By: Tijan

It hit me then: I wanted to live here—not just as a fantasy, but for real. I wanted to be tucked away and safe in this building, but still so much in the center of everything. Even with the little I’d seen of the space, I already knew everything was top of the line.

I scouted around a little more. Hardwood floors that went everywhere. Four bedrooms. A master bathroom with a deep hot tub. Two living rooms, one sunken like something out of a hotel lobby. A white brick fireplace nestled between two couches. Dorian said the fireplace was just for show, but it still looked beautiful. A state-of-the-art kitchen with granite countertops and professional-grade appliances. Three chandeliers accented the spaces. The place came unfurnished, but Dorian said the chandeliers could remain.

Dorian stepped into the elevator to give us some time to talk, and he told me the code I’d need to call the elevator when we were ready to go.

As the doors closed behind him, Sia turned to me. “Okay, before you say anything, he said it’s only $25,000 a month. I know you can afford this place. I totally think you should apply.”

I had been ready to say yes, but suddenly I couldn’t. “Liam loved our home.” I felt him now. He was with me, looking at the place, and I could feel his hurt. I was going to leave his dream home for this?

Sia rolled her eyes. “I’m not trying to be mean, but he’d want you to move on.”

It’s only been a year…echoed in my head.

“I don’t know, Si.”

“I do.” She stepped close, her voice softening. She touched my arm. “This is a once-in-a-lifetime place. It’s going to be snapped up, and whoever moves in here won’t be moving out. I can tell you love it, and you won’t get this chance again. I guarantee. I know. I’ve been watching this place for two years, and I’ve never heard of an opening here. Get in while you can. Plus, you’ll be so much closer to me! I know you hate the long cab rides, and I know you don’t like riding the train alone. Do it. Take this place.”

I let out a ragged breath. “That’s if they’ll even accept me. I’m sure they have a ton of people wanting to get in here.”

“They’d be lucky to have you as a resident.” She squeezed my arm. “Take it. Please? Or, at least try. For me. I’m begging you.”

“I…” I did want it. I really did, but Liam. I’d be leaving him. “I need to think about it.”

I could see the disappointment in her eyes, but she didn’t say anything. She gave me a smile and pulled me close, her cheek next to mine. “Okay. You take your time.” She hugged me, and in that moment—with my heart wanting one thing, but loving another—I needed that comfort.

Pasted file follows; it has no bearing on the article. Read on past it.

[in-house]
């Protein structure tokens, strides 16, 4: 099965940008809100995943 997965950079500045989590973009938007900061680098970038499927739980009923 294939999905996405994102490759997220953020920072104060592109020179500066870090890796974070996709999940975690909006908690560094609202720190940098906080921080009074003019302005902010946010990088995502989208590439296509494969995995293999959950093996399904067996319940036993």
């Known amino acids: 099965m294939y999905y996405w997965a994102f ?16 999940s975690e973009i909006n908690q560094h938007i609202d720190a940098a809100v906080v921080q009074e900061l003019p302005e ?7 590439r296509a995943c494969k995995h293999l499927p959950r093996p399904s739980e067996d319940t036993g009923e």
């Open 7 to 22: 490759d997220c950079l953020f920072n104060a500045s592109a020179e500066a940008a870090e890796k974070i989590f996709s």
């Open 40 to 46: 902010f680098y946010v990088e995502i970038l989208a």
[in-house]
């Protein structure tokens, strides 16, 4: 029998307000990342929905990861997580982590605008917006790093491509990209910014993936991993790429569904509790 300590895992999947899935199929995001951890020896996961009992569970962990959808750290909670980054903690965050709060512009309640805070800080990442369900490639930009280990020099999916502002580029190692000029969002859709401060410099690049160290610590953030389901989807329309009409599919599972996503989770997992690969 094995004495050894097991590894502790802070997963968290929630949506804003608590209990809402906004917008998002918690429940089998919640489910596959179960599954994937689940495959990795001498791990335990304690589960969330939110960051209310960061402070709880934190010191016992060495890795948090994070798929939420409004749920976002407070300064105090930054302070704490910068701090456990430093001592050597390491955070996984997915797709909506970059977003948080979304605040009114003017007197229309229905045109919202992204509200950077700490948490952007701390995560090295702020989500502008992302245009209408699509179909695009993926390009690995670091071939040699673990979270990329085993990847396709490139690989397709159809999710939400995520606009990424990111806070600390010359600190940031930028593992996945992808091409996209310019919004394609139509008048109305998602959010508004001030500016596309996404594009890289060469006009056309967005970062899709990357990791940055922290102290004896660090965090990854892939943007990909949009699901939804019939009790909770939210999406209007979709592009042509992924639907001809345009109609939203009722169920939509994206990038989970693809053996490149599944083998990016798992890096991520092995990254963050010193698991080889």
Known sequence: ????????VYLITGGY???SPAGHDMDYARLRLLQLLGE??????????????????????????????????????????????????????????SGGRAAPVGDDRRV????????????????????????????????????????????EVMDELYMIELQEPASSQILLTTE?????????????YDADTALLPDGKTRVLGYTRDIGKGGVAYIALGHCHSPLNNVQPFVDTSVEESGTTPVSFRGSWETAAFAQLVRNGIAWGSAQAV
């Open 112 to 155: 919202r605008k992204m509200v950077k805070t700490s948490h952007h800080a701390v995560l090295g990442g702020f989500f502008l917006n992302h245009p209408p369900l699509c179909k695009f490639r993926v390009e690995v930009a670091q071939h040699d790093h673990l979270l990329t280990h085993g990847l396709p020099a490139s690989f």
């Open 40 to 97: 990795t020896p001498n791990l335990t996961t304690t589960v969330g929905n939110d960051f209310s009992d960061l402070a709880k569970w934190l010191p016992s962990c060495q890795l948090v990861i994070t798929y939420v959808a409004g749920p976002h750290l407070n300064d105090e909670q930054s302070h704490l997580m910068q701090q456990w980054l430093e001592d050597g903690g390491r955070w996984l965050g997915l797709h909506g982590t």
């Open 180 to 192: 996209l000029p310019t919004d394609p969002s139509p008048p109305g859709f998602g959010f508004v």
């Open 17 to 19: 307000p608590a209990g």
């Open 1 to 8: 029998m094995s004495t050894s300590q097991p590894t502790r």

I went home feeling like I was crazy. How could I leave Liam’s home, my home with him? I walked into the house, hung my coat on the rack beside the door, and went to the kitchen. It was dark and empty.

There’d been life here before. Liam’s baseball caps. The pile where he’d dumped his gym clothes. It stunk up the entire first floor. He always promised to move them, and he never did. I did, and I was always irritated. He was always clueless how they got back into his drawers.

So many memories, but half of them were packed away.

I couldn’t bring myself to get rid of everything. The pictures had stayed up, but not the ones from the wedding. Those I sent to my parents, along with Frankie. After the accident, I ceased eating, bathing, living for a while. I couldn’t take care of myself, much less our dog, so I sent him to run happily around on the farm. Or that was what I told myself. I hoped he was happy. Liam hadn’t been a hunter, but my dad was. Frankie was a bird dog, so maybe everything worked out for the best…for Frankie.

I gazed over the empty table, the empty counters. Then I opened the refrigerator and found it empty except for a head of lettuce, ranch dressing, and two slices of cheese. And wine. I pulled out an open bottle from the door. It was half gone, but I didn’t remember opening it.

Sia had been here every day for the first full month after I lost Liam. Then it became every other day in the second month, every third in the next. It was the sixth month when she couldn’t take it anymore. I think it depressed her too much. She never said so, and I never knew if it was the house or just me, but I realized she didn’t want to be here.